I guess I’m true to my Finlay roots: our Scottish family creed is (no joke) “Not Too Much.” We were raised to used every part of the hog, so to speak. Waste not, want not. In that spirit, when my composter is full, I tend bag up and reserve the ends of the celery and green onions and carrots all week long. On the weekend, I make a stock, which I have found to be a wonderful meditation. You really can’t go wrong and it’s relaxing to have something to be poking at for awhile, watching the transformation. Plus you save five bucks buying storemade-stock.


I’ve been freezing my raw shrimp shells, cooked lobster shells (there was a big $5 sale at HEB a couple of weeks ago) and crab claws (Sprouts on a quick sale discount) for about a month – all of which is overtaking my freezer space. So today I’m making a homemade seafood stock. I’ll use the stock sometime in the next week or two to make Mermaid Soup.

Seafood Stock


1 stick of butter

shells from shrimp, crab, lobster, mussels and other seafood (salmon skins, snapper heads, etc)

2 cups roughly chopped onion

2 carrots, chopped

3 stalks celery

3 garlic cloves, minced

glug of white wine

1 tbsp kosher salt

sprinkle of peppercorns

1 bay leaf

(in my double batch today, I also have cilantro stems, onion skins, asparagus stems, 2 lemons (halved), and the butt end of a red cabbage – basically eyeball it to be as many veggies as shells).



Warm the butter in a big stockpot over medium heat. Add the shells and vegetables and saute for 15 minutes. Add the garlic and cook about 1-2 minutes more. Cover with water and a glug of wine (one glug equals about half a cup). Add the salt, peppercorns and whatever else you think would be good. Bring to a boil, then reduce the heat and simmer for about an hour or an hour and a half (however much time you have), poking at it with a wooden spoon occasionally. When you think it’s time, strain it through a metal strainer or sieve, pressing all the juice out. The color will range between a shiny golden color to a deep rich brown (mine has a purple-ish tinge today because of the red cabbage). Let it cool before you put it in a good freezer container (a big ziplock works for me). You’re going to want to taste it and you won’t think it’s salty enough. THAT’S FINE. Trust me. You can add all the salt you want when you make it into a soup.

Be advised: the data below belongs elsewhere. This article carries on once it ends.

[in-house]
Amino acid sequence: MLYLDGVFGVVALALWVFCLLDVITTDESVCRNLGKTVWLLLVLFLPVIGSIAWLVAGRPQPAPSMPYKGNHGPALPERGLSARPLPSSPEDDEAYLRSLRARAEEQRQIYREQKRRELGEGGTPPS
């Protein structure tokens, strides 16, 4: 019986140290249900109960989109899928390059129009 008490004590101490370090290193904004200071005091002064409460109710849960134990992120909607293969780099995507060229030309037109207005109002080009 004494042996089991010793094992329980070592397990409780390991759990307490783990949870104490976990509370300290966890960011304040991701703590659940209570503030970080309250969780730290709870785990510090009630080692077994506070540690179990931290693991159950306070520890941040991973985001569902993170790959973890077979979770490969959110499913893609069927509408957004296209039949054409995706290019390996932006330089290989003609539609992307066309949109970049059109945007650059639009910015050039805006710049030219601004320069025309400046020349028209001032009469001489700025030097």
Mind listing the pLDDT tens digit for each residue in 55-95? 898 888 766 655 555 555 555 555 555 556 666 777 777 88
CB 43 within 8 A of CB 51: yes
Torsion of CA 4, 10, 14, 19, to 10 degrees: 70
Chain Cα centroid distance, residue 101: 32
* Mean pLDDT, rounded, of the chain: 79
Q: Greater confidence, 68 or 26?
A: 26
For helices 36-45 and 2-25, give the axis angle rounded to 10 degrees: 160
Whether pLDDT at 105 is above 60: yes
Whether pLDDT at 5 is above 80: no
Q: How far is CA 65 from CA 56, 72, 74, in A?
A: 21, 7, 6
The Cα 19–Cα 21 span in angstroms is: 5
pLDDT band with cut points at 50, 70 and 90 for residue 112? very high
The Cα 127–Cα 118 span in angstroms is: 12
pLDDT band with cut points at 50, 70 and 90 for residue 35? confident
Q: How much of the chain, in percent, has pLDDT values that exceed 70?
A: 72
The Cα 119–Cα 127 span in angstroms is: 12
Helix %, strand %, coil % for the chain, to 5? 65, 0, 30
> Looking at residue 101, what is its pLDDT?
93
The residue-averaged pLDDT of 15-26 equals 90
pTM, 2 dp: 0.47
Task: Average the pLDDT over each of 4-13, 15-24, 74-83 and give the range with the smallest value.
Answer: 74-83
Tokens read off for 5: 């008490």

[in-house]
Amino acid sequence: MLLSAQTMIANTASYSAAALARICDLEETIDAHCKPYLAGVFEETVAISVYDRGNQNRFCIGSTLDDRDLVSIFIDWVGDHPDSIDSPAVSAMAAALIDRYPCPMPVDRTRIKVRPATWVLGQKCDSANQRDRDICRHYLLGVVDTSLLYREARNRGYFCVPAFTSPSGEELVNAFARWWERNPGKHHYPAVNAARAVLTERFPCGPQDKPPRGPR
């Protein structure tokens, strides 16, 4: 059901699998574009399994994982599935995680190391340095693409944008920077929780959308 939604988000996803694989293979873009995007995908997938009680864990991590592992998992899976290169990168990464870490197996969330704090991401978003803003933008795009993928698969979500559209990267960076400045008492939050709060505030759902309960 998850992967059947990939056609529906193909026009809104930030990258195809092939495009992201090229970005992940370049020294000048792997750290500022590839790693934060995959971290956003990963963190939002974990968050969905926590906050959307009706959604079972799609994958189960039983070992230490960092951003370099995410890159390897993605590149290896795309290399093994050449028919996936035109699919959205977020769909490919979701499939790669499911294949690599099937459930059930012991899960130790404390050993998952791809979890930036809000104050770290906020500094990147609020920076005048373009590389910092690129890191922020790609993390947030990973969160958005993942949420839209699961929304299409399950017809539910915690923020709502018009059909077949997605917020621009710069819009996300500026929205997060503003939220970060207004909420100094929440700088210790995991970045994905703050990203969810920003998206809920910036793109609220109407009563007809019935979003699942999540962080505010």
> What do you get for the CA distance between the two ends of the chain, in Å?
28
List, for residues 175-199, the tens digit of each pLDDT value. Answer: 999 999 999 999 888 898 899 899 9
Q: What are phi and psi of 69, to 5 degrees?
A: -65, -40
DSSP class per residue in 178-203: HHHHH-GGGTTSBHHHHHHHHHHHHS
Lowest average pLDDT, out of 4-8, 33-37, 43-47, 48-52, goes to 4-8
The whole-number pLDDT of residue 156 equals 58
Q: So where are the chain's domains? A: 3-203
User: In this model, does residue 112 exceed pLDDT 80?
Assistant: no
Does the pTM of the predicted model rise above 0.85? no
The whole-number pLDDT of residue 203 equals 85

Mermaid Soup

Lisabella’s Bistro in Port Aransas, TX has been serving Mermaid Soup for as long as we’ve been going there. It’s the best soup in the world. I’m not even kidding. The description on the menu reads, “Coconut, Curry, Lobster, Secrets.” I’ve been trying to decipher their “secrets” for 15 years. I’ve gotten really close. Here’s what I’ve come up with.


2 tbsp coconut oil

About a quart of seafood stock

2 cans coconut milk

2 tbsp unsalted butter

4 oz green curry paste

1 small potato, finely diced

1 carrot, peeled and finely diced

1 green bell pepper, cored and seeded and finely diced

1 shallot, minced

1 tsp curry powder

½ cup clamshell mushrooms, separated

½ lb cooked shrimp, peeled, deveined, and roughly chopped

2 lobster tails, cooked, and roughly chopped
salt and pepper to taste


Heat your coconut oil in the bottom of your soup pot. Add the shallots and ¼ tsp salt. Give it a good stir until the shallots are soft. Add the curry paste, and cook over medium heat about 2 minutes. Add the potatoes, carrots, and bell pepper and cook until soft. Pour in your stock, butter and coconut milk. Cook over low heat, covered for about 30 minutes. Season with curry powder and salt and pepper. Add the lobster and the shrimp and mushrooms, and cook 5 minutes more. Serve immediately with cilantro and lime.